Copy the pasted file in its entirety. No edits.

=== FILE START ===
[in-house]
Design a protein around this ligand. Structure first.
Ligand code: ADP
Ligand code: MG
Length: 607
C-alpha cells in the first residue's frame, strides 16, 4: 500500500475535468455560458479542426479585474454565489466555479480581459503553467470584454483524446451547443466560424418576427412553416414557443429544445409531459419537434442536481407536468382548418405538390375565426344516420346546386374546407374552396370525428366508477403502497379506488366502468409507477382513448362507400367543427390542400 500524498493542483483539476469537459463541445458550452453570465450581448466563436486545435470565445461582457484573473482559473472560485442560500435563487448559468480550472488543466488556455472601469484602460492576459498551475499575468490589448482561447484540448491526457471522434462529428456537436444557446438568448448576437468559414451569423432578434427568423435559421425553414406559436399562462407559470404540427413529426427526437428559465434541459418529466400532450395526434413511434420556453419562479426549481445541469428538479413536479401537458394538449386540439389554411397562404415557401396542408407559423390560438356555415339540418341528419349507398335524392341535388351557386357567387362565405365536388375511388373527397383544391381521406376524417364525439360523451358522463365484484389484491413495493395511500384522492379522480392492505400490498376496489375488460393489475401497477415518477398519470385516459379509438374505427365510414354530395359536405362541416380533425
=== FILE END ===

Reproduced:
[in-house]
Design a protein around this ligand. Structure first.
Ligand code: ADP
Ligand code: MG
Length: 607
C-alpha cells in the first residue's frame, strides 16, 4: 500500500475535468455560458479542426479585474454565489466555479480581459503553467470584454483524446451547443466560424418576427412553416414557443429544445409531459419537434442536481407536468382548418405538390375565426344516420346546386374546407374552396370525428366508477403502497379506488366502468409507477382513448362507400367543427390542400 500524498493542483483539476469537459463541445458550452453570465450581448466563436486545435470565445461582457484573473482559473472560485442560500435563487448559468480550472488543466488556455472601469484602460492576459498551475499575468490589448482561447484540448491526457471522434462529428456537436444557446438568448448576437468559414451569423432578434427568423435559421425553414406559436399562462407559470404540427413529426427526437428559465434541459418529466400532450395526434413511434420556453419562479426549481445541469428538479413536479401537458394538449386540439389554411397562404415557401396542408407559423390560438356555415339540418341528419349507398335524392341535388351557386357567387362565405365536388375511388373527397383544391381521406376524417364525439360523451358522463365484484389484491413495493395511500384522492379522480392492505400490498376496489375488460393489475401497477415518477398519470385516459379509438374505427365510414354530395359536405362541416380533425